I’m afraid German beer isn’t for me.

Does it mean that "This beer isn't suitable for me" or "This isn't given to me"? How should I understand "for" in this context?

2 Answers 2


Great example of why context is important. Let me add one word to the sentence you have provided:

I'm afraid this German beer isn't for me.

That could mean either of the things you mention in your question. If a waitress was putting a stein down in front of a customer who looked confused, I'd assume the sentence meant:

I didn't order this German beer.


I don't know who ordered this German beer, but it wasn't me.

However, if the man had been sipping from the stein for awhile, and his friend asked, "What do you think of that German beer?" then I'd assume the sentence meant:

This German beer isn't quite to my liking.


I don't think I'll be ordering another one of these any time soon.

In the former scenario, for is being used in accordance with definition 1a in Macmillan, whereas in the latter scenario, for is being used in accordance with Macmillan's definitions #7 & #19:

for (prep.)
1a used for saying who or what is intended to receive something
7 used for saying what you prefer
19 used for saying which person a particular thing would be appropriate for

Sometimes, when a word has well over a dozen meanings, there is no way to tell which meaning is being applied simply by analyzing a single sentence. This is particularly true for prepositions, which can be very tricky.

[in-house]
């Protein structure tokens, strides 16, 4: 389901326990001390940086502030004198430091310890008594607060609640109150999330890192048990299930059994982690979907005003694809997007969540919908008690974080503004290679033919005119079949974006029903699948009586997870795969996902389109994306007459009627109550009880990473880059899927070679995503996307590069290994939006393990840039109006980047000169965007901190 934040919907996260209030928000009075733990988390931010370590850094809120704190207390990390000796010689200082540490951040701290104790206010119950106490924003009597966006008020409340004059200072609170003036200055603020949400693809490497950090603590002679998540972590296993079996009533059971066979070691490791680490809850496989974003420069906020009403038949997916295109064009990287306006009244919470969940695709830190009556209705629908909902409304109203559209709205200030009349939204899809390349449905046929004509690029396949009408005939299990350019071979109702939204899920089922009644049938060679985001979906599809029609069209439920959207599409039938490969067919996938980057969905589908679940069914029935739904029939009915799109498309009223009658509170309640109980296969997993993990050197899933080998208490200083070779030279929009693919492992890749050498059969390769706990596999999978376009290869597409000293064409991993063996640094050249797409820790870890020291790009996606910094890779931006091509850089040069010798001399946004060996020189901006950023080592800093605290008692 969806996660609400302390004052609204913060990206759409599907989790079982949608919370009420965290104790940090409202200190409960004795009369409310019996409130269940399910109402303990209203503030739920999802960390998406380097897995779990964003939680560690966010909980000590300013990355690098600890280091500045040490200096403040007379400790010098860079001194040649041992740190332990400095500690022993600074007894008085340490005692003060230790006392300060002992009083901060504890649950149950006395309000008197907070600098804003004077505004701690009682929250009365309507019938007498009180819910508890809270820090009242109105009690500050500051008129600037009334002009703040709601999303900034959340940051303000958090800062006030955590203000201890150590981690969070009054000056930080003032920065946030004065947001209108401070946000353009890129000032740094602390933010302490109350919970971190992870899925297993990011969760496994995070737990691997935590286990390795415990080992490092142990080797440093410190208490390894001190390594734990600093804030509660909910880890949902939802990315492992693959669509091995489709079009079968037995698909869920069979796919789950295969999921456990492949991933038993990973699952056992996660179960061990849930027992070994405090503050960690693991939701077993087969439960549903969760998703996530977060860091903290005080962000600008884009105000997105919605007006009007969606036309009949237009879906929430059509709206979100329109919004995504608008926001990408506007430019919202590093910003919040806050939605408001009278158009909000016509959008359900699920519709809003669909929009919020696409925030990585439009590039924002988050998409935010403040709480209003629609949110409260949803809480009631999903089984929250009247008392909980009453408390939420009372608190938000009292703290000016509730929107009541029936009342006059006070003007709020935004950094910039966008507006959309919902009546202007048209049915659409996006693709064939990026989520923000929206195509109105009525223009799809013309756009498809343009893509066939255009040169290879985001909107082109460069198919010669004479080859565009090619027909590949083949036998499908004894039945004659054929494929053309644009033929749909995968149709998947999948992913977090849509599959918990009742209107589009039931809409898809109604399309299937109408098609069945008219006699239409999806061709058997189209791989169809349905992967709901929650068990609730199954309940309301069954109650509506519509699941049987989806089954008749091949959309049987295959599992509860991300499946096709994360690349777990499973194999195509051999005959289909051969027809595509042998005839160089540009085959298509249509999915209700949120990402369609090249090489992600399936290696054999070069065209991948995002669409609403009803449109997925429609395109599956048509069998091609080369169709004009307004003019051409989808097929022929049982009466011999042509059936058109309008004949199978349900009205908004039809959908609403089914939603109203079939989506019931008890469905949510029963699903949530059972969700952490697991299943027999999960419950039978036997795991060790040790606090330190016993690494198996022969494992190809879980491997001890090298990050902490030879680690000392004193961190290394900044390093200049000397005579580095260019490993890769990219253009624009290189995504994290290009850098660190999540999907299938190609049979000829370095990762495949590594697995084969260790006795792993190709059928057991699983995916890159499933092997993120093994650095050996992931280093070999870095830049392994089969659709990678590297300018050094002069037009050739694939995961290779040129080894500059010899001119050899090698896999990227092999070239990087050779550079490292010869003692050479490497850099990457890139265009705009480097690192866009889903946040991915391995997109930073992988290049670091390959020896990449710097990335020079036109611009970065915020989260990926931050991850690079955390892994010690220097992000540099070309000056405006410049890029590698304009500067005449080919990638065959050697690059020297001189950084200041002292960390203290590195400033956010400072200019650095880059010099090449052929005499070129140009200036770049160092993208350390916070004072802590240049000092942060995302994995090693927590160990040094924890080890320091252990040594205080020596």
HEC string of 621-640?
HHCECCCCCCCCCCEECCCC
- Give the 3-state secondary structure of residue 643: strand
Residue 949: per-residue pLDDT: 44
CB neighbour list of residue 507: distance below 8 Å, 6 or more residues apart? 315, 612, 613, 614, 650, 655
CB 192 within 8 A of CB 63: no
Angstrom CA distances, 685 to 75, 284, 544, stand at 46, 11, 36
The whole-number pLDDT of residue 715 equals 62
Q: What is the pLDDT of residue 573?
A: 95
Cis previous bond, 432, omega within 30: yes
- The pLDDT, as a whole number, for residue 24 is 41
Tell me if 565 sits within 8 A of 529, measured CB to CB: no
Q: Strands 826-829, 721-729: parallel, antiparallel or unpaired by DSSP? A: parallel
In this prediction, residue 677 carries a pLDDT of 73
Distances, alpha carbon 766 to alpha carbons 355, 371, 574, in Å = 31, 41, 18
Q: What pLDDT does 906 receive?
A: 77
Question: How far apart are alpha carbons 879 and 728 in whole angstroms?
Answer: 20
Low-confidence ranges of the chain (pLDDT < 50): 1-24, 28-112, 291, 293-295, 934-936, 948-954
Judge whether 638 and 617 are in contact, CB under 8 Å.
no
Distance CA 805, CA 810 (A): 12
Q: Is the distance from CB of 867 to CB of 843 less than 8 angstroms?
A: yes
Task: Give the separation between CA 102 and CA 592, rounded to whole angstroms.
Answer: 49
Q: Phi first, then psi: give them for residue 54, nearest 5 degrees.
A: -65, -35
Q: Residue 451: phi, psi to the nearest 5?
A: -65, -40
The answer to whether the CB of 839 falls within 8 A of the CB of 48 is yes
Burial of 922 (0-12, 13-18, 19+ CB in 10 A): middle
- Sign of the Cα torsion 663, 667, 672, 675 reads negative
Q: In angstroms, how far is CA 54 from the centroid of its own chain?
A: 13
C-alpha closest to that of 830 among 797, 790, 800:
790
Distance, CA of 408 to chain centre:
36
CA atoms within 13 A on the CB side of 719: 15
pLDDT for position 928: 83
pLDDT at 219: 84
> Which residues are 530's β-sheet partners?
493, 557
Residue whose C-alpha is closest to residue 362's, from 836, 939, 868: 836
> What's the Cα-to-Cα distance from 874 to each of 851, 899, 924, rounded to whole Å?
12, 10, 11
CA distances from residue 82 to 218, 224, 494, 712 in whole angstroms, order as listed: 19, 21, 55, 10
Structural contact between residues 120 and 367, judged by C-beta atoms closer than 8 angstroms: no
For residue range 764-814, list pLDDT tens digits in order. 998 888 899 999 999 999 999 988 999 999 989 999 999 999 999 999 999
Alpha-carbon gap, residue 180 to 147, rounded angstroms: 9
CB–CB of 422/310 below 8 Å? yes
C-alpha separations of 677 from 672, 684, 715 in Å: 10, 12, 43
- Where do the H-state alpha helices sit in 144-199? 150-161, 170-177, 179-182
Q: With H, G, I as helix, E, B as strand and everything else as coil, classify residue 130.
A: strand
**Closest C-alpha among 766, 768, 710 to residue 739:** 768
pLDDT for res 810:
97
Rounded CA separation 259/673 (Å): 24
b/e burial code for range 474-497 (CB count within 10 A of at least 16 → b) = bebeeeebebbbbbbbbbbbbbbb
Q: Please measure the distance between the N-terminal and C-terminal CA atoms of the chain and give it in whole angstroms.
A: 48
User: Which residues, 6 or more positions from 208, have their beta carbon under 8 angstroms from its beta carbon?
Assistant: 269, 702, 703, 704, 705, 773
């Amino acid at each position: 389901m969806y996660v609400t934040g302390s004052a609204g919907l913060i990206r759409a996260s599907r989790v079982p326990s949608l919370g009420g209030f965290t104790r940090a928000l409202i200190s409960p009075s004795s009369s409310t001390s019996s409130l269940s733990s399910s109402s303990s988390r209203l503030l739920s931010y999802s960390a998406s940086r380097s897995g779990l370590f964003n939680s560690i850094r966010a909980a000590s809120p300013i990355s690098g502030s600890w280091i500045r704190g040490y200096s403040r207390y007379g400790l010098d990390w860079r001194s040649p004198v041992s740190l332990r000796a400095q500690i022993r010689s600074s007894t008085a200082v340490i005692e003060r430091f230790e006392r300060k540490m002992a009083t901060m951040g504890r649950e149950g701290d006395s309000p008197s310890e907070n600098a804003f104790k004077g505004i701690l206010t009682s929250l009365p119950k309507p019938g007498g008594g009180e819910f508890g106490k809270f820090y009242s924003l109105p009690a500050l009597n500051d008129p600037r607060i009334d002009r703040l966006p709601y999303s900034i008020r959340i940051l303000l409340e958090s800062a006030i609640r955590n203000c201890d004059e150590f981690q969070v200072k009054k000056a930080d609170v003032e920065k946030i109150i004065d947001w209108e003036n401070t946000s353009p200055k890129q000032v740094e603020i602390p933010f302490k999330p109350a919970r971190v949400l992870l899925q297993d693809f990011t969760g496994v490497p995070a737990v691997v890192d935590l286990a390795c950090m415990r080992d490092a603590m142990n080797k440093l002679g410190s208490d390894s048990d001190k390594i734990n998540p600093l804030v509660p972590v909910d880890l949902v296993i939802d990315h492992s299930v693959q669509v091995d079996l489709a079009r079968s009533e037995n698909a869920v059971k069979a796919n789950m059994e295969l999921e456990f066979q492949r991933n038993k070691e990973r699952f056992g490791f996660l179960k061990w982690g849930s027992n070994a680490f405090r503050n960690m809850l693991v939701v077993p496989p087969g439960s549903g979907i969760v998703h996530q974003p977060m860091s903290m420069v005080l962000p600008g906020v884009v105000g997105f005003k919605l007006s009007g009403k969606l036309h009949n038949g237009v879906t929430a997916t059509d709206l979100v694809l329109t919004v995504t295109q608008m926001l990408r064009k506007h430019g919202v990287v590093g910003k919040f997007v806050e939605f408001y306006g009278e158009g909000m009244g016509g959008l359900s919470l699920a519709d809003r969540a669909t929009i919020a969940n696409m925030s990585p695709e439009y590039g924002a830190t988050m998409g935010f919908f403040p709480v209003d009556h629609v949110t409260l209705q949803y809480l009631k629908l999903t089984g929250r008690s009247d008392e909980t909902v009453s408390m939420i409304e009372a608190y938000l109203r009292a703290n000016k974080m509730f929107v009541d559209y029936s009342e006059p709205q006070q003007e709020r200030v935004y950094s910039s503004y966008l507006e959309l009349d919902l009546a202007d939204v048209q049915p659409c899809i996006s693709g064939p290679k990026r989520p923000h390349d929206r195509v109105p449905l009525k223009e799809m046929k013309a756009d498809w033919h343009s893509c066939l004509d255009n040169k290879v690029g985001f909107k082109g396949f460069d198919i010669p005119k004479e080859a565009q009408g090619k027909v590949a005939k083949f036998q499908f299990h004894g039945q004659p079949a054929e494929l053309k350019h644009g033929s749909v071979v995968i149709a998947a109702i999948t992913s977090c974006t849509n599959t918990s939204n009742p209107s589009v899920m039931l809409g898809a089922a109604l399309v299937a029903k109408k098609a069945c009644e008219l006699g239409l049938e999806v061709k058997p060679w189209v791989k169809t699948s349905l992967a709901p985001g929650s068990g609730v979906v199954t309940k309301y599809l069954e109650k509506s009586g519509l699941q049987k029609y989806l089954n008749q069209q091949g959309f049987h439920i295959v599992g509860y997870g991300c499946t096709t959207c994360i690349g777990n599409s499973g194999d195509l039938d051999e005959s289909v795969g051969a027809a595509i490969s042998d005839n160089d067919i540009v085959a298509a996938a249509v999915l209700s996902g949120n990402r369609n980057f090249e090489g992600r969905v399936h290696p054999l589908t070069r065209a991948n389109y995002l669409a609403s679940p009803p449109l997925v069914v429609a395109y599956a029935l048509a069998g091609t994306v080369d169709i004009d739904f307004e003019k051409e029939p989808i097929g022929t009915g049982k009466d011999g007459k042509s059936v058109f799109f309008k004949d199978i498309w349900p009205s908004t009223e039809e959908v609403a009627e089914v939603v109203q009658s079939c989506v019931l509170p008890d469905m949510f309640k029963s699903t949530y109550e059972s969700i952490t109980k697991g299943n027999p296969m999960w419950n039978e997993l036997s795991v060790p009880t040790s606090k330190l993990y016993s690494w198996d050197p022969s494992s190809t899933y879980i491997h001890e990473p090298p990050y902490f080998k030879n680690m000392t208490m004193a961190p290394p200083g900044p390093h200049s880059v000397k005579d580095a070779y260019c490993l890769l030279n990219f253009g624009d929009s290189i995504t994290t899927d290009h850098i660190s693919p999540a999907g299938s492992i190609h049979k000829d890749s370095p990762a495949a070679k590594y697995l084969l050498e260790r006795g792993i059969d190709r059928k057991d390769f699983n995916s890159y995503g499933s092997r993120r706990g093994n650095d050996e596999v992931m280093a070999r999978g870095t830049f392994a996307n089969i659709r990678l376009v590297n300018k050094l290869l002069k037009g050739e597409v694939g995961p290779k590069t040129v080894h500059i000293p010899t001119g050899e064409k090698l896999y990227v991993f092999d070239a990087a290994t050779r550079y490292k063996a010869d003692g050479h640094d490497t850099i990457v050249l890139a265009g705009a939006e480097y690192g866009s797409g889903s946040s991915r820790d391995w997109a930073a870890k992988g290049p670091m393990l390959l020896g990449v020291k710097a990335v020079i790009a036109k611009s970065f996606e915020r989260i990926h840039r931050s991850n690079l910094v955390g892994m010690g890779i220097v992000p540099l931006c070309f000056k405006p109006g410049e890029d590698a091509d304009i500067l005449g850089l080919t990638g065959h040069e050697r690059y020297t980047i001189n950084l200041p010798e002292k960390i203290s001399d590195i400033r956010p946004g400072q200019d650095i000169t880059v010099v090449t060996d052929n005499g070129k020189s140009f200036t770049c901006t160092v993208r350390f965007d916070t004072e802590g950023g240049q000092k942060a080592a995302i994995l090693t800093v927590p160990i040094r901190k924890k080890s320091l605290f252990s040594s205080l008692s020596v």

Back to your original question, though:

I'm afraid German beer isn't for me.

Because that sentence isn't talking about a specific German beer, it's more evident that the person is talking about their liking for German beer in general.


Deriving the context from just the sentence, it would be something like:

I don't like German beer.

Saying something "isn't for me" is a polite way of stating that you don't like something. There could be many reasons for disliking it, but normally this phrase is used in the context of personal taste or preference.


The "I'm afraid" phrase is also a way to make a statement sound more polite. It's close to "I'm sorry," but can be used when someone doesn't really need to apologize.

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